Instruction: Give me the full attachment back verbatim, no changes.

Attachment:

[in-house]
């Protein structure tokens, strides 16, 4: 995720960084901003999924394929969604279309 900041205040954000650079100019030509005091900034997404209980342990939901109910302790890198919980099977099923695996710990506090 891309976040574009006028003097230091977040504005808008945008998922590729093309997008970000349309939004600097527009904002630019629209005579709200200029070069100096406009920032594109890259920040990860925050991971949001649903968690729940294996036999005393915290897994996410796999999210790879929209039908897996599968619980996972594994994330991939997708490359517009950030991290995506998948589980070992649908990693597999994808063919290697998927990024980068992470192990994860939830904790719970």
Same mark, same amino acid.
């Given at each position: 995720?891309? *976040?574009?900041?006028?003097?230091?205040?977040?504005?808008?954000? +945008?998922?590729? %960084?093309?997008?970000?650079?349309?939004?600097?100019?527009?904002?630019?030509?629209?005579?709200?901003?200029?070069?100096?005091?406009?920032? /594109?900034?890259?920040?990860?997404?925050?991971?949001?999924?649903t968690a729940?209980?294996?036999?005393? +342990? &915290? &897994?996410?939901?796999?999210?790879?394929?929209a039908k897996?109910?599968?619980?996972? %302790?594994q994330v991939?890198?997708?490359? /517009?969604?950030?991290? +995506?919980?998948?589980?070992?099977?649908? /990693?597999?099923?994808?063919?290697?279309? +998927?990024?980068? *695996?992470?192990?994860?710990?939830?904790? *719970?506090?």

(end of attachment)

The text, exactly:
[in-house]
């Protein structure tokens, strides 16, 4: 995720960084901003999924394929969604279309 900041205040954000650079100019030509005091900034997404209980342990939901109910302790890198919980099977099923695996710990506090 891309976040574009006028003097230091977040504005808008945008998922590729093309997008970000349309939004600097527009904002630019629209005579709200200029070069100096406009920032594109890259920040990860925050991971949001649903968690729940294996036999005393915290897994996410796999999210790879929209039908897996599968619980996972594994994330991939997708490359517009950030991290995506998948589980070992649908990693597999994808063919290697998927990024980068992470192990994860939830904790719970």
Same mark, same amino acid.
């Given at each position: 995720?891309? *976040?574009?900041?006028?003097?230091?205040?977040?504005?808008?954000? +945008?998922?590729? %960084?093309?997008?970000?650079?349309?939004?600097?100019?527009?904002?630019?030509?629209?005579?709200?901003?200029?070069?100096?005091?406009?920032? /594109?900034?890259?920040?990860?997404?925050?991971?949001?999924?649903t968690a729940?209980?294996?036999?005393? +342990? &915290? &897994?996410?939901?796999?999210?790879?394929?929209a039908k897996?109910?599968?619980?996972? %302790?594994q994330v991939?890198?997708?490359? /517009?969604?950030?991290? +995506?919980?998948?589980?070992?099977?649908? /990693?597999?099923?994808?063919?290697?279309? +998927?990024?980068? *695996?992470?192990?994860?710990?939830?904790? *719970?506090?």